Paul Robeson, “Negro-Jewish” Unity, and the "Jewish People’s Movement" in the 1940s: Legacy and Challenges
Date: Sunday, October 06, 2019
Douglass Student Center - Trayes Hall
100 George Street, New Brunswick, NJ 08901
The Raoul Wallenberg Annual Program, funded by Leon and Toby Cooperman
Co-sponsored by the Paul Robeson Centennial Celebration at Rutgers.
Four leading historians will explore Paul Robeson’s connections to the Jewish community, left-wing political movements, and the Soviet Union in the 1940s. Robeson, a Communist, was active in building a popular anti-fascist movement among Jews and an alliance between American Jews and African Americans. He contributed to this effort through his songs in Yiddish and Hebrew and his endorsement of Jewish causes, including support for the modern state of Israel. Robeson’s defense of the Soviet Union at the height of the Cold War, the subjugation of Eastern Europe, and the crushing of Soviet Jewish culture challenges the legacy of his commitment to universal human rights.
Moderator: David Greenberg is a Professor of History and of Journalism & Media Studies at Rutgers University and writes frequently on public affairs. He is the author or editor of several books on American history and politics, including Nixon's Shadow: The History of an Image (2003) and Republic of Spin: An Inside History of the American Presidency (2016), which won the George Orwell Award, the Kennedy School’s Goldsmith Book Award, and the Browne Book Award. Formerly an acting editor of the New Republic magazine and a longtime contributor to Slate, he now writes regularly for Politico and other scholarly and popular publications.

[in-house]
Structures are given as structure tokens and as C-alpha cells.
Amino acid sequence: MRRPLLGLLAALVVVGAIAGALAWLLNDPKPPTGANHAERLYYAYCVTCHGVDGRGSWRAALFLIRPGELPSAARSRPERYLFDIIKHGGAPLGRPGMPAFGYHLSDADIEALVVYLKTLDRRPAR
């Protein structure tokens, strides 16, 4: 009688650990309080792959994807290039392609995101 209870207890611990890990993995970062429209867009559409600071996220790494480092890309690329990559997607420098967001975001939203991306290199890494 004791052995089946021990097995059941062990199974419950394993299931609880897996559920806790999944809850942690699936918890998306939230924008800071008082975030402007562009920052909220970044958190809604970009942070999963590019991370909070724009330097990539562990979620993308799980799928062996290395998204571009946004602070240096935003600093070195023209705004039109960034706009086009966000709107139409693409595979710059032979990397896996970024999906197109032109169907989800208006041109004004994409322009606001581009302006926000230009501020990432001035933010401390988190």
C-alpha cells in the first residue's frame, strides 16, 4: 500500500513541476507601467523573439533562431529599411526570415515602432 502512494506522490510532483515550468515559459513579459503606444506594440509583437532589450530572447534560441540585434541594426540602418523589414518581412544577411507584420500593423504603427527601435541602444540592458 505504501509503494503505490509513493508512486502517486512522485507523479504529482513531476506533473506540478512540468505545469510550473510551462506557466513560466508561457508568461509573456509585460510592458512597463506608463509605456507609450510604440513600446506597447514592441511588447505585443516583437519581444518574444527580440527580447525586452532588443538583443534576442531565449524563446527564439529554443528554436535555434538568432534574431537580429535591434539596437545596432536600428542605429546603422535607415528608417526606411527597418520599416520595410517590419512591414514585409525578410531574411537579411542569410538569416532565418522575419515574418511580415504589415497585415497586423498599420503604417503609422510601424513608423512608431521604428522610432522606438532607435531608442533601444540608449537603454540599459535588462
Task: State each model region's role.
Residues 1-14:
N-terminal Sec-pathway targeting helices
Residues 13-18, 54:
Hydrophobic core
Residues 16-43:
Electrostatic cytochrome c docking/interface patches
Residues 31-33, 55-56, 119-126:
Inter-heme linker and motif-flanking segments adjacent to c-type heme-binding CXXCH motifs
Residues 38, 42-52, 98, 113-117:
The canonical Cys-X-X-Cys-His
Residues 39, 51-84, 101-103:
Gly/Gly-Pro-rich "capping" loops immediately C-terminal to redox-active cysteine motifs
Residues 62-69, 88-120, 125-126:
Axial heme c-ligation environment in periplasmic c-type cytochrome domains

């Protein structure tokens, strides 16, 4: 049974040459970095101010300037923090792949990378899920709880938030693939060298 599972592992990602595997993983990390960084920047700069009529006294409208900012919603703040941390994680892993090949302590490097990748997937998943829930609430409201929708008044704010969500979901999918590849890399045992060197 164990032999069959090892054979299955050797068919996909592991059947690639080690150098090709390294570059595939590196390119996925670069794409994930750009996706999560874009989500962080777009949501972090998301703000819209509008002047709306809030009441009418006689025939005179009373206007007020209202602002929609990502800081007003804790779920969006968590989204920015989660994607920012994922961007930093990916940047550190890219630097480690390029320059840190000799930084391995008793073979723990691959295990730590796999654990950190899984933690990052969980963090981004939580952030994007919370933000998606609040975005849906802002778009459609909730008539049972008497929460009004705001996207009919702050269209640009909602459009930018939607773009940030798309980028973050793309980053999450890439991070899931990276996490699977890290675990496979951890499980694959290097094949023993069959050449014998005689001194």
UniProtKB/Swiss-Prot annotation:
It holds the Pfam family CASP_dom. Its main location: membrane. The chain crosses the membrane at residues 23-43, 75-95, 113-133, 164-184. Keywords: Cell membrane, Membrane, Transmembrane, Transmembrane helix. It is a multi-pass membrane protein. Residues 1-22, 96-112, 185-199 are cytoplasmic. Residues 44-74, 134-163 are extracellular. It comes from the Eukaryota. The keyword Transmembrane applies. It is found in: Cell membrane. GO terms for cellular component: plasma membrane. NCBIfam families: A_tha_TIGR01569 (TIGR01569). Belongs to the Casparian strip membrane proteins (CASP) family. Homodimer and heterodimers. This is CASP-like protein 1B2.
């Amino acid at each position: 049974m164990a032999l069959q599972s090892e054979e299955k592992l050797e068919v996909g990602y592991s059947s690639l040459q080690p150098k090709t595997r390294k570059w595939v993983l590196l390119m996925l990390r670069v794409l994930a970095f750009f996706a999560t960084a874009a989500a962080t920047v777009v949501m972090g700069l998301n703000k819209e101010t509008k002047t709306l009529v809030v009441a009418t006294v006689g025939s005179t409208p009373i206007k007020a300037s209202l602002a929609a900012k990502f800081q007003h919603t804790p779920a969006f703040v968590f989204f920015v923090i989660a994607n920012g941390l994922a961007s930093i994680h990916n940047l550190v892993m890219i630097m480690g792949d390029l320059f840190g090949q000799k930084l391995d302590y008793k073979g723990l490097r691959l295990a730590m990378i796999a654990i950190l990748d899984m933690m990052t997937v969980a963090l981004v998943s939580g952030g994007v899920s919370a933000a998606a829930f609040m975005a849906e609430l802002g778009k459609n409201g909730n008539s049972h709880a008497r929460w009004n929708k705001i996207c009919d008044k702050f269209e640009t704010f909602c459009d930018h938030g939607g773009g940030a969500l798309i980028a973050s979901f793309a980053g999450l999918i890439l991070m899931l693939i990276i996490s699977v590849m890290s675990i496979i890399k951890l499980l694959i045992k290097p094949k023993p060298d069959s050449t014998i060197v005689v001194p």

Tony Michels, George L. Mosse Professor of American Jewish History at the University of Wisconsin-Madison, is a leading expert in the cultural and political history of American Jews. He is the author of A Fire in Their Hearts: Yiddish Socialists in New York and the editor of Jewish Radicals: A Documentary History.
Ron Radosh is Prof. Emeritus of History at CUNY, a contributing opinion columnist for The Daily Beast, and author of many books, including Commies: A Journey Through the Old Left, the New Left and the Leftover Left, co-author with Allis Radosh of A Safe Haven: Harry S. Truman and the Founding of Israel and co-author with Mary Habeck of Spain Betrayed: The Soviet Union in the Spanish Civil War. He has contributed op-eds and book reviews to many publications, including The New York Times, The Wall Street Journal and many other magazines and newspapers.
Jennifer Young is a public historian whose writing on immigration history, cuisine, and Jewish culture has been published in The Jerusalem Post and Time.com. A former director of education for the YIVO Institute for Jewish Research, she has also worked at the Lower East Side Tenement Museum and the New-York Historical Society.
by: Fredda Sacharow
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